Paralle plate capacitor, LIH dielectric, fringing field

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Hey, all.

If we partially introduce a linear, isotropic and homogeneous dielectric slab in a charged, isolated, parallel plate capacitor, we know that it experiences a forces pulling it into the dielectric, and we can obtain the expression of this force using energy considerations. However, when the energy calculation is done, we assume a uniform E field in the capacitor, always perpendicular to the dielectric, so in theory it looks like the E field can't pull on any charge that's in the dielectric to pull it in, yet the energy calculation still reveals a force. Books then say it's the fringing E field outside the capacitor that's pushing the dielectric in, but this fringing field wasn't taken into account when getting the energy!

What's going on? How does this method self correct itself?

Thanks in advance. :biggrin:
 

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  • #2
ZapperZ
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That is a very good question. In fact, this was carefully addressed in an AJP paper many years ago:

"Force on a Dielectric Slab Inserted into a Parallel-Plate Capacitor", S. Margulies (Am. J. Phys. v.52, p.515 (1984)).

In it, he wrote this:

For example, how can the force act to pull the slab into the volume between the plates when the electric field there is perpendicular to this direction? If this is explained - the force is, of course, due to the fringe field - an apparent paradox arises: How can the virtual-work calculation yield an answer when it is explicitly based on the assumption of a uniform electric field existing only in the region between the plates, and so does not include the fringe field at all?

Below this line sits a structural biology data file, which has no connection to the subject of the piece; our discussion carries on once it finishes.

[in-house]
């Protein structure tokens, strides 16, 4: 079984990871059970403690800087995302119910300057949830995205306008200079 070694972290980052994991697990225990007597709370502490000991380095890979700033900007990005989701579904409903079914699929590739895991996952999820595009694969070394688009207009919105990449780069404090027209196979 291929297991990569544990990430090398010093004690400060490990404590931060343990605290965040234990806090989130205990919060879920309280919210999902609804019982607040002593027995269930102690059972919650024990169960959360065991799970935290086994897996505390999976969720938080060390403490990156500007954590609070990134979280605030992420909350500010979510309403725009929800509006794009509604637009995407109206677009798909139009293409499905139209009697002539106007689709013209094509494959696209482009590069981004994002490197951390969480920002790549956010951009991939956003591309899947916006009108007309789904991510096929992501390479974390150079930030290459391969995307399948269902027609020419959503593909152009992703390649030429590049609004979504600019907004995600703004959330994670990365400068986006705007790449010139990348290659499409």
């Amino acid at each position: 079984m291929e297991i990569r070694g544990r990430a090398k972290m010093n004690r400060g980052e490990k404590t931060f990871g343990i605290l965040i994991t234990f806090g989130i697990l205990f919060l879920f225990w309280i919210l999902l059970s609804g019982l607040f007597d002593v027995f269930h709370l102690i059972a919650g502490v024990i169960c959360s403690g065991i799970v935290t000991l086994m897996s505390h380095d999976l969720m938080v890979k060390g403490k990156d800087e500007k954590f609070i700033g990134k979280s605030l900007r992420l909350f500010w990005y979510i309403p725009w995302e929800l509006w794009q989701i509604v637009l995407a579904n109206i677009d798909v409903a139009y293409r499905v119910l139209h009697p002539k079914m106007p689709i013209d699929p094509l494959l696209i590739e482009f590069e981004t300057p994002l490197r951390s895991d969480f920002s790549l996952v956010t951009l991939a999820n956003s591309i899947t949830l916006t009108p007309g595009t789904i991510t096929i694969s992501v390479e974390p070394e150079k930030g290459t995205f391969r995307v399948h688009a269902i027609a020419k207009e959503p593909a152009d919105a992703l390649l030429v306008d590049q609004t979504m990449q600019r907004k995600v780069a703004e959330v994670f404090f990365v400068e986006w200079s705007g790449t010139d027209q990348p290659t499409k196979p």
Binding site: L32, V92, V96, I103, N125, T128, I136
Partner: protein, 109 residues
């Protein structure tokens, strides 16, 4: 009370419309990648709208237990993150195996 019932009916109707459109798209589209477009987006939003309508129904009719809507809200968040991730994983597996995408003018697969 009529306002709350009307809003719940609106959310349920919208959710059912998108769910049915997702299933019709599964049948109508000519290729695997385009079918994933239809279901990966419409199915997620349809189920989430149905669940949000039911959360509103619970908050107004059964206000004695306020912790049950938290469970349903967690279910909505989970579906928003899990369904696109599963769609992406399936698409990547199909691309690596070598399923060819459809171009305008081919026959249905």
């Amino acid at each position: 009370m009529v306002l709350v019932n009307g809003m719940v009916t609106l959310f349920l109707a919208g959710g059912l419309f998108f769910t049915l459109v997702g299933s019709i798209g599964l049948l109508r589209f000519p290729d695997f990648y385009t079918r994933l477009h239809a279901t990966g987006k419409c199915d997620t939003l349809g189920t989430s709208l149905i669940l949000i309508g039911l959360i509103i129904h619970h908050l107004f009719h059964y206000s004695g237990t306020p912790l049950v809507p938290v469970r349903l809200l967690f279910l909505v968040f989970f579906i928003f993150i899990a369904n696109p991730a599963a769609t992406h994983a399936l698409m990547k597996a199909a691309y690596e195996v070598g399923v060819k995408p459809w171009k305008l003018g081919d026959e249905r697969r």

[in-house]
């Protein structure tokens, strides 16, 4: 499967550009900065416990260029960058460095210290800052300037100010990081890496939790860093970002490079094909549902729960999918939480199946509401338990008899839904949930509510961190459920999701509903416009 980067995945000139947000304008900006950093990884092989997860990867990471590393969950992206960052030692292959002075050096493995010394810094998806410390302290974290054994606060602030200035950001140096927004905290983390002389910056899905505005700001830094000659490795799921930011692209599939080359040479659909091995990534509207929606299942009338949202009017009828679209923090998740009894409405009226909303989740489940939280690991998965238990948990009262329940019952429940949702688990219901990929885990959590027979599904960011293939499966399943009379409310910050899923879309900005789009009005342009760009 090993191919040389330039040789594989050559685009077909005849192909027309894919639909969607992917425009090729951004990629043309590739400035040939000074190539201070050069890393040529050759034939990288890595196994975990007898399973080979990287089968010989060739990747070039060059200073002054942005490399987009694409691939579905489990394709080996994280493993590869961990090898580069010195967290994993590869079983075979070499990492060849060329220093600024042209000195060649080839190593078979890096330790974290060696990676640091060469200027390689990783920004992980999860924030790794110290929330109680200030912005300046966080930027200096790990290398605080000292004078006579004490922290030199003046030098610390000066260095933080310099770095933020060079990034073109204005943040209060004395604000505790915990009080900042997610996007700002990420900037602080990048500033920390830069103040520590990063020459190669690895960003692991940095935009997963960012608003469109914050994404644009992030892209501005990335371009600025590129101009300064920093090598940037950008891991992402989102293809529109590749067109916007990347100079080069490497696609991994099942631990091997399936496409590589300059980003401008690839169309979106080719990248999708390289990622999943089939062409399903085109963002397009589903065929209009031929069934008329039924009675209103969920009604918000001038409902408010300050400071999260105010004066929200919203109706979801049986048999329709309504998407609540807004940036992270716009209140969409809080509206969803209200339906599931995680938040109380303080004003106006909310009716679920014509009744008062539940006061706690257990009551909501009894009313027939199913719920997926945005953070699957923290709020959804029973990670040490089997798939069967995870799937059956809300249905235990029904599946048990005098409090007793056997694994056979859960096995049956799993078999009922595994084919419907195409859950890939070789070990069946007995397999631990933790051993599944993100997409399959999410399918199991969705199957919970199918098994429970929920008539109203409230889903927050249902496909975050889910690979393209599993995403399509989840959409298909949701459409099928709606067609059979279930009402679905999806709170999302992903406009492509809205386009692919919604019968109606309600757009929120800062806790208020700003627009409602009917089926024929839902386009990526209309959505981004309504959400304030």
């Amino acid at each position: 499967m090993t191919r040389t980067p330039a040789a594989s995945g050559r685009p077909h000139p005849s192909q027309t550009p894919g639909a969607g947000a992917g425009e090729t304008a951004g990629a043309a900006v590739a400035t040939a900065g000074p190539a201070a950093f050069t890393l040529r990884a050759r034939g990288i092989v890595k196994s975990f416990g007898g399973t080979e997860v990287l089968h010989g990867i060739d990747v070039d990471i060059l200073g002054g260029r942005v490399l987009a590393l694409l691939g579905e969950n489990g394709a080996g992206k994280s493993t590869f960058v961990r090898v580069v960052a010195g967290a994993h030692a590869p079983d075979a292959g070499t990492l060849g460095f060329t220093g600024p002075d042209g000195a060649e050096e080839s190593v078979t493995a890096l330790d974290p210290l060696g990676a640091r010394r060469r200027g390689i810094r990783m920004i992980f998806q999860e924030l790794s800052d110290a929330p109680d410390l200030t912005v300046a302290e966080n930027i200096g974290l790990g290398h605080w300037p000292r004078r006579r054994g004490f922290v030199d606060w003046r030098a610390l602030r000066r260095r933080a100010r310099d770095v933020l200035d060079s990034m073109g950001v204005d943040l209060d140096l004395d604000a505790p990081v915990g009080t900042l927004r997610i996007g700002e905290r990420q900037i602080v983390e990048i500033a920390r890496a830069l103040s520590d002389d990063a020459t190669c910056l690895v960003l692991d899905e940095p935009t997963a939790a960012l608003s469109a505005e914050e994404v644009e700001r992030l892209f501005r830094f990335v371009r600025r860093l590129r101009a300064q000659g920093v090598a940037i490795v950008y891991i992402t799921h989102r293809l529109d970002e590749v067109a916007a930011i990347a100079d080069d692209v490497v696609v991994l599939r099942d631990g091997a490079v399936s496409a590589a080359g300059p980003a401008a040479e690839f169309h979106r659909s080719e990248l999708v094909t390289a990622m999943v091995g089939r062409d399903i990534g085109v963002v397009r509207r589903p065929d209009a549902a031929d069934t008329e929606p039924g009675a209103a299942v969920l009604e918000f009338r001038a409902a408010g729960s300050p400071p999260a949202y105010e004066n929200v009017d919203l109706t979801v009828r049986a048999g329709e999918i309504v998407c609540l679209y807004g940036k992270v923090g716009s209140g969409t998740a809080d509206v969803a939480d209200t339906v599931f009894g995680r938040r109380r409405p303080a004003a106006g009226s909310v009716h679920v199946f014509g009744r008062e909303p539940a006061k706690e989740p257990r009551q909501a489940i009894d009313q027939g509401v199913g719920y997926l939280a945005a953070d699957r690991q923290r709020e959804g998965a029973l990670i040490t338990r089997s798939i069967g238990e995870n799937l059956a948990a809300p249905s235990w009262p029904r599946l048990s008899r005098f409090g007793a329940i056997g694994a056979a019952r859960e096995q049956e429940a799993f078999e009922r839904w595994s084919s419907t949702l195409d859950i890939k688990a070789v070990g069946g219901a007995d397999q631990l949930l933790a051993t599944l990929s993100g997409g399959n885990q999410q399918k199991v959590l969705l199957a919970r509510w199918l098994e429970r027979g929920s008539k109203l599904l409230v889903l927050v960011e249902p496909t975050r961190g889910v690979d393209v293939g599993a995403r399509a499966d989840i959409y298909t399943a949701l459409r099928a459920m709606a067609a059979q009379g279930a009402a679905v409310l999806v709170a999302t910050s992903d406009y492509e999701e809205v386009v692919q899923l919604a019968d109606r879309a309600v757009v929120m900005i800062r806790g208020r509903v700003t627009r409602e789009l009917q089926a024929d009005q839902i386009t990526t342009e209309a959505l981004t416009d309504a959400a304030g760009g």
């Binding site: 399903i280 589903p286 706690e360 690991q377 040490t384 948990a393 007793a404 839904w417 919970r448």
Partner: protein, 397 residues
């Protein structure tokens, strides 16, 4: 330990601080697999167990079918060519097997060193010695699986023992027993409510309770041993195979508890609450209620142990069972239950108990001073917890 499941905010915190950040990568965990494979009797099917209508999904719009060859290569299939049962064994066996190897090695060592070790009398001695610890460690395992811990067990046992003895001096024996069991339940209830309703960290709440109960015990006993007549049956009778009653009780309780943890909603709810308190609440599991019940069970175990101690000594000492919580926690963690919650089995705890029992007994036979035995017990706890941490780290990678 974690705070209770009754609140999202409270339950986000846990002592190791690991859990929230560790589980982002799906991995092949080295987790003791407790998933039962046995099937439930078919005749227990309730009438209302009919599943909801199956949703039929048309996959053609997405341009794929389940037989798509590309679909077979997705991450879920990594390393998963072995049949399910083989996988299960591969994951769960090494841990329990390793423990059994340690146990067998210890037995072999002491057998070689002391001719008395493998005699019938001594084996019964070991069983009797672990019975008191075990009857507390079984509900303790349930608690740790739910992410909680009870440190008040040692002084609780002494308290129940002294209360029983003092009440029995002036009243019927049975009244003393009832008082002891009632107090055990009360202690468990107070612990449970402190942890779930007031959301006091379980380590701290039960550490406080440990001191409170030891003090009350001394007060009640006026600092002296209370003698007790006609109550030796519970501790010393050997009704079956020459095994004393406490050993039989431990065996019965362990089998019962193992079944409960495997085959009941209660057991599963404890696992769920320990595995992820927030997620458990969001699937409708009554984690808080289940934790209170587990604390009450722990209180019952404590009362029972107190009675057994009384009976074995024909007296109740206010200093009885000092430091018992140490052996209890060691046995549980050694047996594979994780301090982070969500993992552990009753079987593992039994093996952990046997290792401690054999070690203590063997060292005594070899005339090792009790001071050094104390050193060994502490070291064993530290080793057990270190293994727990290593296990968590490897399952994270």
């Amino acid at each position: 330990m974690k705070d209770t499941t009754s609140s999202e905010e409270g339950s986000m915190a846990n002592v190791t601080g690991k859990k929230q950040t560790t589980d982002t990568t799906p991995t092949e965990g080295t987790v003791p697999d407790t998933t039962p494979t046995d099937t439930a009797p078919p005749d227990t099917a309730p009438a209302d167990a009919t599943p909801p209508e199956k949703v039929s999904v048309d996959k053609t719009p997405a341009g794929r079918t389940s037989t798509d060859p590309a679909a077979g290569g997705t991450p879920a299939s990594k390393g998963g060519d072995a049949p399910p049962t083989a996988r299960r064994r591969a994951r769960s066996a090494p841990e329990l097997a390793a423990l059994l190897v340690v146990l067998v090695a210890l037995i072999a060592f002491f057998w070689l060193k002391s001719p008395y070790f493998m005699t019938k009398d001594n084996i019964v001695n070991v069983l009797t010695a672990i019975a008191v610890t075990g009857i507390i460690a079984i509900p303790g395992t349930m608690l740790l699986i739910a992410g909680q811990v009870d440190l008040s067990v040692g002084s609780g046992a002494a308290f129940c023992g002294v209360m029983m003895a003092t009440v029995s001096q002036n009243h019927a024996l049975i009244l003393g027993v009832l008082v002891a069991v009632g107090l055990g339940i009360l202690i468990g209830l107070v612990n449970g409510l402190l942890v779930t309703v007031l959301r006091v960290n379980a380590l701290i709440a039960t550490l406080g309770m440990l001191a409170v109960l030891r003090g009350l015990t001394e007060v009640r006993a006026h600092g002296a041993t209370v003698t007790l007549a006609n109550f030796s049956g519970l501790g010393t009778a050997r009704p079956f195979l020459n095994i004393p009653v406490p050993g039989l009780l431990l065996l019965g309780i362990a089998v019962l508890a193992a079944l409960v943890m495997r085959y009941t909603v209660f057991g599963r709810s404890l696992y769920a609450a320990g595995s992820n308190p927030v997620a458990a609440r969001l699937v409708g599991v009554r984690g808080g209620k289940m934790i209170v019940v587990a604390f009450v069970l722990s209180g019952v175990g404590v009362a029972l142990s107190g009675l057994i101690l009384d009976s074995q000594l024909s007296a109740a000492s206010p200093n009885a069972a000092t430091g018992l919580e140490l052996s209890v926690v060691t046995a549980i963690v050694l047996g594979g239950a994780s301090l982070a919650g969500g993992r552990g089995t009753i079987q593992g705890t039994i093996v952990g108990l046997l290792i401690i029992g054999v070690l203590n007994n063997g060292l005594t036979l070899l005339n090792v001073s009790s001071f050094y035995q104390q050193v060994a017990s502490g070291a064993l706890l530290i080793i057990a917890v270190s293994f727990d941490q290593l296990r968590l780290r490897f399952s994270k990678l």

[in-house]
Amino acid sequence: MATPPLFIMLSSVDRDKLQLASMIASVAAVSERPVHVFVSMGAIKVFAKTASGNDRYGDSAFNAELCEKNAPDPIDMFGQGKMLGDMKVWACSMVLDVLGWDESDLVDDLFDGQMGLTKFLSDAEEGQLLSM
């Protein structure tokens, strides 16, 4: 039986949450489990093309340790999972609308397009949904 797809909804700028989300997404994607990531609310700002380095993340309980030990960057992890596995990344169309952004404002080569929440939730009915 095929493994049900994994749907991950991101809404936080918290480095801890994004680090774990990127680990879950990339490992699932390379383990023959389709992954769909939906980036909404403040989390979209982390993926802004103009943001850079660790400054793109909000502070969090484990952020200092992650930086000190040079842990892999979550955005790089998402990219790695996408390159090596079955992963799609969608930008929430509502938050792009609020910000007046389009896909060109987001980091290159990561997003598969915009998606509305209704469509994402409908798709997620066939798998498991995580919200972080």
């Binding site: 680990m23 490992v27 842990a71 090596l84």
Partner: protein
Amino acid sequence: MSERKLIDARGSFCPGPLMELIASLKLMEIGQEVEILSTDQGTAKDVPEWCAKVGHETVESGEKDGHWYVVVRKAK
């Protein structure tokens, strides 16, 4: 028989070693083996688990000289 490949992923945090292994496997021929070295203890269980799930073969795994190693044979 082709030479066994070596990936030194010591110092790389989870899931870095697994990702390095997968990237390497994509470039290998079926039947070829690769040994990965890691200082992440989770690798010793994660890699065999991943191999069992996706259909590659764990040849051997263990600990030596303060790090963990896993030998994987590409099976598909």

Sounds familiar? :)

Zz.
 
  • #3
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That is a very good question. In fact, this was carefully addressed in an AJP paper many years ago:

"Force on a Dielectric Slab Inserted into a Parallel-Plate Capacitor", S. Margulies (Am. J. Phys. v.52, p.515 (1984)).

In it, he wrote this:



Sounds familiar? :)

Zz.
Woa, that is exactly what I needed! It's a shame I can't access that article, though. :cry:

But it's kind of incredible that what I asked turned out to be something that only a research article could answer. :eek:

Thanks for the help, ZapperZ. :biggrin:
 
  • #4
clem
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For some reason, my download from AJP is not working, but there is a simple answer to your question.
In the energy calculation, the end of the dielectric slab moves an infinitesimal distance, but is well within the plates where the field is uniform. The calculated force then does not depend on what happens at the edge of the plates. The energy is given by an integral of E.D over all space, so the fringing field would affect the total energy, but it does not affect the change in energy caused by the infinitesimal displacement
If the energy calculation were attempted for the edge of the dielectric in the fringing field, the calculation would be more difficult, and the force would be different.
 

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